Every Time I Die opened with “Underwater Bimbos From Outer Space,” the first track on the new album. It was the perfect way to set the pace for the energetic, 45-minute set. Everyone running around the stage at all times mixed with the inherent aggressiveness of the music made for quite an intense live show. There was even a fan in a beer can costume moshing and crowd surfing. With a new album to support and five others to also choose from, the band’s set was a mixed bag. They threw in “The Logic of Crocodiles,” from their full-length debut, for the old school fans. Frontman Keith Buckley asked for as many high fives as humanly possible during the second to last song, “We’rewolf” - which spawned an army of fans crowd surfing their way to the front. The band then closed with “Ebolarama.”
Killswitch Engage’s Alive or Just Breathing played a large role in developing my taste for heavy music, so to say that I was ecstatic to see their first show back with original vocalist Jesse Leach would be an understatement. I am happy to report that the show did not disappoint, and Killswitch Engage is officially back.
The band entered the stage, appropriately, to the tune of Peaches & Herb's "Reunited.” They started with a bang as the pulsating “Numbered Days” kicked in and continued on through “Self Revolution” and “Fixation on the Darkness.” At this point, I thought that perhaps the band was surprising fans with a complete performance of Alive or Just Breathing (as those are the first three tracks). Unfortunately, that was not the case - but the hour and a half set was still more than worthwhile.
Leach dedicated the next song, “Rose of Sharyn,” to former vocalist Howard Jones. The situation is awkward from the outside, so it’s great to see them being respectful about it. Leach took it a step further later when he confessed that “The Arms of Sorrow” is his favorite Killswitch song, and he didn’t even write it.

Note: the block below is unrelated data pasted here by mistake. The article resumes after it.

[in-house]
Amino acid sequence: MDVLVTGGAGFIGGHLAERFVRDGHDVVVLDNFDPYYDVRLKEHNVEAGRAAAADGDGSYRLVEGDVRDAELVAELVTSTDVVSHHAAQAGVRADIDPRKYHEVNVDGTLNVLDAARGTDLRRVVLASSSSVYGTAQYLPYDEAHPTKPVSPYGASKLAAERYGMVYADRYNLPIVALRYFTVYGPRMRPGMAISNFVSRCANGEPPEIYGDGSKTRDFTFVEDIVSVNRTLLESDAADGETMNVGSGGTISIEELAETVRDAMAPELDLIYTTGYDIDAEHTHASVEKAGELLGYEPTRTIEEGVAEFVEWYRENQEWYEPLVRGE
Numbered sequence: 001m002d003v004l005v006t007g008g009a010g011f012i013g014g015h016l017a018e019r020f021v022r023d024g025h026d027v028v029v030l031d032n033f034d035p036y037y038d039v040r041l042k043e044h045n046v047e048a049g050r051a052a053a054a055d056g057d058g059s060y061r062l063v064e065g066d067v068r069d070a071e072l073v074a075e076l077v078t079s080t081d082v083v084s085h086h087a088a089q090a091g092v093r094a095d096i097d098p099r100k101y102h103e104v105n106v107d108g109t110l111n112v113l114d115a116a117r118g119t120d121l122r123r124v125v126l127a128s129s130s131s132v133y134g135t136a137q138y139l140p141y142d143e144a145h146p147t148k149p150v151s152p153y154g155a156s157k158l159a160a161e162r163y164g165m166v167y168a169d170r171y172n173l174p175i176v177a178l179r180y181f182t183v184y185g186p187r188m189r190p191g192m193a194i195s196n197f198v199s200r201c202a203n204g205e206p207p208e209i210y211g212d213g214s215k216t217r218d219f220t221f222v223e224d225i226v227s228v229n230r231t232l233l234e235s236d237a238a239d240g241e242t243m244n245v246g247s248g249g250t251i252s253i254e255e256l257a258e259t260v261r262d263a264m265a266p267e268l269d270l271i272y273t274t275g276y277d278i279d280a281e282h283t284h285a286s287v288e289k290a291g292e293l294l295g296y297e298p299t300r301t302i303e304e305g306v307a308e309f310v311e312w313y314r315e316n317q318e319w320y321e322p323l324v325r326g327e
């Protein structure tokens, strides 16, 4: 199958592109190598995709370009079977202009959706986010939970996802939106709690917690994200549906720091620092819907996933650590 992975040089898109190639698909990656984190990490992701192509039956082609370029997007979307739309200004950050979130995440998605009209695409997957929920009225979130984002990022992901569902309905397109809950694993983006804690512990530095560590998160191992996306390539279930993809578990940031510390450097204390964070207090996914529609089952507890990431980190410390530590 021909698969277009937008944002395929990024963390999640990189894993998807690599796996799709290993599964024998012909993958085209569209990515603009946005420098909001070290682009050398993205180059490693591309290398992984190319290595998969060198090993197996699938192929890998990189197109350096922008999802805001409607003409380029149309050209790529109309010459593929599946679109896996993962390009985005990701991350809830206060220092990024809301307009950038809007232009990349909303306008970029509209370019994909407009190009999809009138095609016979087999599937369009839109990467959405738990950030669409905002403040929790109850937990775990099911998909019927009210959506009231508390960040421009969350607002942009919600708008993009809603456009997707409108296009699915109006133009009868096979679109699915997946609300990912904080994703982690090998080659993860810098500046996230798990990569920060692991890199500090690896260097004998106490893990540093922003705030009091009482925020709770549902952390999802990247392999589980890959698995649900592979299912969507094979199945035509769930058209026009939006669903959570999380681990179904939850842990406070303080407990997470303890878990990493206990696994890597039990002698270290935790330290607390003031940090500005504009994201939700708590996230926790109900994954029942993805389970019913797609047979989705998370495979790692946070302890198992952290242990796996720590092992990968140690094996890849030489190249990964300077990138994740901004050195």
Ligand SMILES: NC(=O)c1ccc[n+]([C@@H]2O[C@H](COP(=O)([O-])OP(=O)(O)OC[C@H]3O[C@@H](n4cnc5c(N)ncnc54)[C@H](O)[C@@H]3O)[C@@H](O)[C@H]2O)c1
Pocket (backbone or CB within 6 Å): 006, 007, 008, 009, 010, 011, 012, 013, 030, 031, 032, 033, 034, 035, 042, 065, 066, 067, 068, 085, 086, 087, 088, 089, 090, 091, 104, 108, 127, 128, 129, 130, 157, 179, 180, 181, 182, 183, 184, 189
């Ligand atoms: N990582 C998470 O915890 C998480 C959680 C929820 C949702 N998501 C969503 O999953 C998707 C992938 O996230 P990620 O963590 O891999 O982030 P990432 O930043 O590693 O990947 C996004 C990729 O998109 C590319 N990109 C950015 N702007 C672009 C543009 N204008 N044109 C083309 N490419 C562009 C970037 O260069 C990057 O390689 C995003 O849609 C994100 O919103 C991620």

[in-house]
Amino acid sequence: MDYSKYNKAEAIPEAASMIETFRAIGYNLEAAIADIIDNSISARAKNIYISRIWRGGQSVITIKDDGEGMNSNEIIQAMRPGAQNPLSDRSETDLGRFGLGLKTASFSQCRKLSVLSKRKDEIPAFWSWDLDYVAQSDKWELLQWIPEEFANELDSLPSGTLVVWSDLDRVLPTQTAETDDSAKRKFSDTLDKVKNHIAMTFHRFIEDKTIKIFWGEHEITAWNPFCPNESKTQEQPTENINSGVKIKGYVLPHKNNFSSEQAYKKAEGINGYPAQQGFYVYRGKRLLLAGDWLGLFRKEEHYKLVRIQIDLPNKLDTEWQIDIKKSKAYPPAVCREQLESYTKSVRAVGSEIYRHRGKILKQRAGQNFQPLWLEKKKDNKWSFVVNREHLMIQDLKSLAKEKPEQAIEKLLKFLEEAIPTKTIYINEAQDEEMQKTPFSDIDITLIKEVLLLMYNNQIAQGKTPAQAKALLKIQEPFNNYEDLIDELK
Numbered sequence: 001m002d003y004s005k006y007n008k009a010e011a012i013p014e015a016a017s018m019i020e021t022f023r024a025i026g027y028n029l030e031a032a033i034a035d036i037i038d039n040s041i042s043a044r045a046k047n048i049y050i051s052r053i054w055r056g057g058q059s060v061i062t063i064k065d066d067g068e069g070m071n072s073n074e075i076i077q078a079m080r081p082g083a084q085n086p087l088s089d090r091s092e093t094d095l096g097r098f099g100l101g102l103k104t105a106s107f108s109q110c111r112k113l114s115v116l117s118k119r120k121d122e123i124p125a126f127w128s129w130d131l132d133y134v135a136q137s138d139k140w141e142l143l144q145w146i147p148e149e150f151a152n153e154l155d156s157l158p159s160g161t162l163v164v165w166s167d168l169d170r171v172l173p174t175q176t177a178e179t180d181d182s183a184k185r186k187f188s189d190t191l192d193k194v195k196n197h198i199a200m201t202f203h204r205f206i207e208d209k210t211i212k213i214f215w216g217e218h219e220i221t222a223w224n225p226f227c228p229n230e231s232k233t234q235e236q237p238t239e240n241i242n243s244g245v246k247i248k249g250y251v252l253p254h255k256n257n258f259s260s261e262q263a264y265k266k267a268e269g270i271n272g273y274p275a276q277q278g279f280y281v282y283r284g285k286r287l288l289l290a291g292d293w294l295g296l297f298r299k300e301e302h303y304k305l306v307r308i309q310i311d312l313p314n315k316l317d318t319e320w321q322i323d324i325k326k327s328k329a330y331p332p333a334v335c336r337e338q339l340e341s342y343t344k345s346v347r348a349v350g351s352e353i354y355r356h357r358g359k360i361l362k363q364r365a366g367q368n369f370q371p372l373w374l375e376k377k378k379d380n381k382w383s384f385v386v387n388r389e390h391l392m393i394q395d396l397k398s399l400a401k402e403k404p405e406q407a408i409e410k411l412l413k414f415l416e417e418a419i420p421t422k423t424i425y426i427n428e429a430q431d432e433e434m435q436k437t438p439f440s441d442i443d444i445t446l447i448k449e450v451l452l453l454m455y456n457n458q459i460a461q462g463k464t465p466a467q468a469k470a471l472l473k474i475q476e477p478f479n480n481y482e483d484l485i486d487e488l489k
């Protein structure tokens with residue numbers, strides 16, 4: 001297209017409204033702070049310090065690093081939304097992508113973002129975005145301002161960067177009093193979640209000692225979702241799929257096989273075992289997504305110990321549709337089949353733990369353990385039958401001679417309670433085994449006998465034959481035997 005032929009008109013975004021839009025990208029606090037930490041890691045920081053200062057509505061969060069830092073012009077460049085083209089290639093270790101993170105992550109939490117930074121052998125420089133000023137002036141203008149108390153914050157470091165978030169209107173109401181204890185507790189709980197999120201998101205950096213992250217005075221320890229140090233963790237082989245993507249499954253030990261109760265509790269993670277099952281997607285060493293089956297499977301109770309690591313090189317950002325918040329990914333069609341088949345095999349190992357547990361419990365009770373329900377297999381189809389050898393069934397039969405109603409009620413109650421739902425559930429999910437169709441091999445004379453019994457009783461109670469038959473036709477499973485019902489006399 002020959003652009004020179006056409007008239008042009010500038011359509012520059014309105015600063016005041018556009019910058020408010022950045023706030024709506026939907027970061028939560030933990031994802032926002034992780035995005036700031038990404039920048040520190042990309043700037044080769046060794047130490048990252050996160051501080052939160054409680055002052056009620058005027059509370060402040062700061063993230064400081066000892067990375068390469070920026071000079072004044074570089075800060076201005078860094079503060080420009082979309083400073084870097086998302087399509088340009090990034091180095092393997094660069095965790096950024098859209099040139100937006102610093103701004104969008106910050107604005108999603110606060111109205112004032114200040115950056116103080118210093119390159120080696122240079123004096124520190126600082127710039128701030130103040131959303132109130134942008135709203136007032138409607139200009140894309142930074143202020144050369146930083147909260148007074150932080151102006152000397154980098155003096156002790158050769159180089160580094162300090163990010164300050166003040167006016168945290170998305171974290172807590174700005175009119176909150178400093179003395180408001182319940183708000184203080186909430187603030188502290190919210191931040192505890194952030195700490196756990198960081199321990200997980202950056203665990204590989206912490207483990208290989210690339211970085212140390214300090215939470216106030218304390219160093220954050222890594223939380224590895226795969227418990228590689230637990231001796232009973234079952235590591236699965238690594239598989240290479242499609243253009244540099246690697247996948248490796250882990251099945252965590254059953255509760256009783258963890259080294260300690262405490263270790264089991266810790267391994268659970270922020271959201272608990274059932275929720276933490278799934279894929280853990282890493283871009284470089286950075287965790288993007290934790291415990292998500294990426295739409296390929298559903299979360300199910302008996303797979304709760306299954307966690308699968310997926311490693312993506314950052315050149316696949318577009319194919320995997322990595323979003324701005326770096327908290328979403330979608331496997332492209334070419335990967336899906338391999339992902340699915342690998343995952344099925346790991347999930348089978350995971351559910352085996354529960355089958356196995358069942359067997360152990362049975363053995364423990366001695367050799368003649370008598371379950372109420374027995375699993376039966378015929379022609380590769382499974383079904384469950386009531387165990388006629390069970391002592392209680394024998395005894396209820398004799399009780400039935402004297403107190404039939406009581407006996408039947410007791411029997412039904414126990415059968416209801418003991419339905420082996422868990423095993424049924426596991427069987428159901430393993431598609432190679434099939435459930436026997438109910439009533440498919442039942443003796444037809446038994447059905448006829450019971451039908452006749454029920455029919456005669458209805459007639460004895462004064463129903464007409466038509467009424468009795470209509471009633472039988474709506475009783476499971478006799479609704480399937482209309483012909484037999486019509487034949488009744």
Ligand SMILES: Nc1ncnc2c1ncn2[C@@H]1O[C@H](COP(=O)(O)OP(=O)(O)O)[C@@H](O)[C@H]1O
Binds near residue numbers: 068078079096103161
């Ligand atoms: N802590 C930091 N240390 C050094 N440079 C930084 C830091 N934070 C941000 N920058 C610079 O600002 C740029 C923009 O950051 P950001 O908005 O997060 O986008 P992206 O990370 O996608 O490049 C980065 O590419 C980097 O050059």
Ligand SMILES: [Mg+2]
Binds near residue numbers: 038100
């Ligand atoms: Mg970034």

The band played a few more Howard-era songs in addition to the old favorites. They exited the stage after “The End of Heartache,” but fans knew that it wasn’t over yet. It wasn’t long before they returned to play “My Last Serenade.” As an added surprise, they ended the night with a heavy rendition of Dio’s “Holy Diver.” They famously covered it with Jones, but Leach did the iconic song justice as well.
Jones had great power as a frontman, making his performance seem effortless. Leach, on the other hand, gives it his all, with raw passion shining through. The debate as to who is better will rage on amongst fans, but I, for one, am happy to see Jesse back. The band seems rejuvenated and even more energetic than usual. The experience was perfectly described by eccentric guitarist Adam Dutkiewicz as “fucking amazing.” (He went on to confess that he woke up with the biggest boner that morning.)
The beautiful thing about this music scene scene in general is how it unites people, regardless of race, gender, beliefs, etc. The New England Metal and Hardcore Festival takes it one step further; it allows metal heads, hardcore bros, scene kids and mall goths alike, from the old school to the new school, to come together under one roof and enjoy some good music. It's no wonder that the festival continues to be a smashing success each year.